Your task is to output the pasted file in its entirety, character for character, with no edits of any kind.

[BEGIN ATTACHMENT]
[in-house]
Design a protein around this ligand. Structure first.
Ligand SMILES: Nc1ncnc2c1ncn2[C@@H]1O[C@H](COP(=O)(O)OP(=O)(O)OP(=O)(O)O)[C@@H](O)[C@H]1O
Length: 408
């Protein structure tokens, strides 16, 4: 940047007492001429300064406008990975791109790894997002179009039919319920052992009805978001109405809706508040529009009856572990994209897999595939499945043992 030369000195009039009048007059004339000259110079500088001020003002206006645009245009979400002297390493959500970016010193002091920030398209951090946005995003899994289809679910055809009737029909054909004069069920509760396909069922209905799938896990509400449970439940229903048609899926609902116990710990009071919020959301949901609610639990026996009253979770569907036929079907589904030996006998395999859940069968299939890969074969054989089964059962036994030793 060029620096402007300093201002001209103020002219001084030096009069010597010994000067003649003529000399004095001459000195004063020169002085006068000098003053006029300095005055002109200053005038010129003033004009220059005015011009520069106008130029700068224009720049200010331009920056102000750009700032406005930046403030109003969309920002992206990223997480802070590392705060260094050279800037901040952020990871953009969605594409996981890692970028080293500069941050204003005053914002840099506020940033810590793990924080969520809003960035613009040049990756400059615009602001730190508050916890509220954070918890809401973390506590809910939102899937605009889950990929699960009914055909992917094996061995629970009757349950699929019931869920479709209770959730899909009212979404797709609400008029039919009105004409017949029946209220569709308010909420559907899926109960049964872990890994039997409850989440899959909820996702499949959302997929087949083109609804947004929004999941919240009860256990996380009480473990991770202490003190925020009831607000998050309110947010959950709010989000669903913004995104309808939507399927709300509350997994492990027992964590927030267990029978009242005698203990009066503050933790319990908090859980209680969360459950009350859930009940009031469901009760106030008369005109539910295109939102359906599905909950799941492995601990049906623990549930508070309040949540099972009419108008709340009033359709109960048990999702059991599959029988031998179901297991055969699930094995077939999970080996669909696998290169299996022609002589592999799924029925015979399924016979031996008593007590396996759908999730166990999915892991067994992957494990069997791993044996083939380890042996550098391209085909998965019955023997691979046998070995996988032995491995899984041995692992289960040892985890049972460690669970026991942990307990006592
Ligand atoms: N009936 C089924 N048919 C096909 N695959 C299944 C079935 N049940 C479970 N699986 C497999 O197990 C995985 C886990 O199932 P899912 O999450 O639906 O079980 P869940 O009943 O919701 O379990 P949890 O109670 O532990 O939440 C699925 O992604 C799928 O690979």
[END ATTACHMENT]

[in-house]
Design a protein around this ligand. Structure first.
Ligand SMILES: Nc1ncnc2c1ncn2[C@@H]1O[C@H](COP(=O)(O)OP(=O)(O)OP(=O)(O)O)[C@@H](O)[C@H]1O
Length: 408
């Protein structure tokens, strides 16, 4: 940047007492001429300064406008990975791109790894997002179009039919319920052992009805978001109405809706508040529009009856572990994209897999595939499945043992 030369000195009039009048007059004339000259110079500088001020003002206006645009245009979400002297390493959500970016010193002091920030398209951090946005995003899994289809679910055809009737029909054909004069069920509760396909069922209905799938896990509400449970439940229903048609899926609902116990710990009071919020959301949901609610639990026996009253979770569907036929079907589904030996006998395999859940069968299939890969074969054989089964059962036994030793 060029620096402007300093201002001209103020002219001084030096009069010597010994000067003649003529000399004095001459000195004063020169002085006068000098003053006029300095005055002109200053005038010129003033004009220059005015011009520069106008130029700068224009720049200010331009920056102000750009700032406005930046403030109003969309920002992206990223997480802070590392705060260094050279800037901040952020990871953009969605594409996981890692970028080293500069941050204003005053914002840099506020940033810590793990924080969520809003960035613009040049990756400059615009602001730190508050916890509220954070918890809401973390506590809910939102899937605009889950990929699960009914055909992917094996061995629970009757349950699929019931869920479709209770959730899909009212979404797709609400008029039919009105004409017949029946209220569709308010909420559907899926109960049964872990890994039997409850989440899959909820996702499949959302997929087949083109609804947004929004999941919240009860256990996380009480473990991770202490003190925020009831607000998050309110947010959950709010989000669903913004995104309808939507399927709300509350997994492990027992964590927030267990029978009242005698203990009066503050933790319990908090859980209680969360459950009350859930009940009031469901009760106030008369005109539910295109939102359906599905909950799941492995601990049906623990549930508070309040949540099972009419108008709340009033359709109960048990999702059991599959029988031998179901297991055969699930094995077939999970080996669909696998290169299996022609002589592999799924029925015979399924016979031996008593007590396996759908999730166990999915892991067994992957494990069997791993044996083939380890042996550098391209085909998965019955023997691979046998070995996988032995491995899984041995692992289960040892985890049972460690669970026991942990307990006592
Ligand atoms: N009936 C089924 N048919 C096909 N695959 C299944 C079935 N049940 C479970 N699986 C497999 O197990 C995985 C886990 O199932 P899912 O999450 O639906 O079980 P869940 O009943 O919701 O379990 P949890 O109670 O532990 O939440 C699925 O992604 C799928 O690979």